This is where electronics and automation come in with specific improvements in the dozers that cover the inadequacies of even new recruits in a dozer fleet crew. Since it boils down to cost of operations, which in turn is directly related to the amount of fuel a crew uses up or the percentage of repairs from their handling of the dozers, the need for electronics, load management and automation systems become that much more important. A dozer produces power in proportion to the amount of fuel in its tank. Reducing its power during less demanding applications can help reduce fuel consumption but will performance remain the same? The balance needed here is to reduce power with no loss of performance and that becomes possible with electronics and automation.

In the era of smart machines, there are many functions that humans operating such machines aren’t required to do anymore. Similarly, dozers have also embraced smart technology to increase efficiency and safety. For instance, when the power eco mode is reduced, for work that requires less power, the engine speed (rpms) reduces by say, 10% while electronics take control of the engine speed and manages to balance it with the hydraulic system. Thereafter, when the engine needs full power, after the work requiring less power is accomplished, the system returns back to eco mode. Use of GPS systems has also made a tremendous difference to the output capacity of not just dozers but all other construction equipment.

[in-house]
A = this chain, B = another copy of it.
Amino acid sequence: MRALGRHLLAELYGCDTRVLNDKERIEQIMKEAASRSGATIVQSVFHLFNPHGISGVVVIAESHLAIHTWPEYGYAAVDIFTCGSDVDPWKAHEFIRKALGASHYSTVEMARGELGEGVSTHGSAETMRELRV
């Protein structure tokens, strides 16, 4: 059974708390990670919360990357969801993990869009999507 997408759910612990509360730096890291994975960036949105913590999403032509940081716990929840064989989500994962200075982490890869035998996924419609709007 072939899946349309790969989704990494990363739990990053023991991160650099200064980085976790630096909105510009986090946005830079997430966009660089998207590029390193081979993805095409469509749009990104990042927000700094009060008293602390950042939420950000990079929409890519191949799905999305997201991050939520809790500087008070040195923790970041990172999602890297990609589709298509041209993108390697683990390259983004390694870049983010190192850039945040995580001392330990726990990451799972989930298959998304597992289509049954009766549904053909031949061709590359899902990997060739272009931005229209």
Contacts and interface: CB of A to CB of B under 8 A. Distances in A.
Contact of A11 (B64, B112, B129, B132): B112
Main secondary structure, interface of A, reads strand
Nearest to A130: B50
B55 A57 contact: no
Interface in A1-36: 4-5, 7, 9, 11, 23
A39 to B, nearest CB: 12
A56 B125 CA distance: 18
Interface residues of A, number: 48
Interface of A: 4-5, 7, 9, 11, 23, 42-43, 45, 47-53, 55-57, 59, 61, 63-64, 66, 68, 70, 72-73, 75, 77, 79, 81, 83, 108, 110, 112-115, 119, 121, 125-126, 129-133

The other improvements to dozer technology include reduced noise, better ergonomics, improved visibility and easier access to service points. John Bauer, brand marketing manager, Case Construction Equipment, says “The industry will always need skilled operators, but smart technology like machine control and automation can certainly speed up the learning process for inexperienced operators. These technologies also make seasoned operators more efficient, allowing them to focus less on precision grading and more on safe operation on the jobsite.” 

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LiuGong, a heavy equipment manufacturer based in China, came up with a remarkable innovation last year – a vertical lift wheel loader. It appears LiuGong is the first company in the world to have come up with such an innovation wherein the main features of the loader are the vertical lift arms on an articulating frame and the mechanical self-leveling Z-bar bucket linkage on a vertical lift loader. It took the company six years to develop the technology that allows a smaller machine to have a larger bucket and a longer and higher reach, something that conventional loaders don’t offer.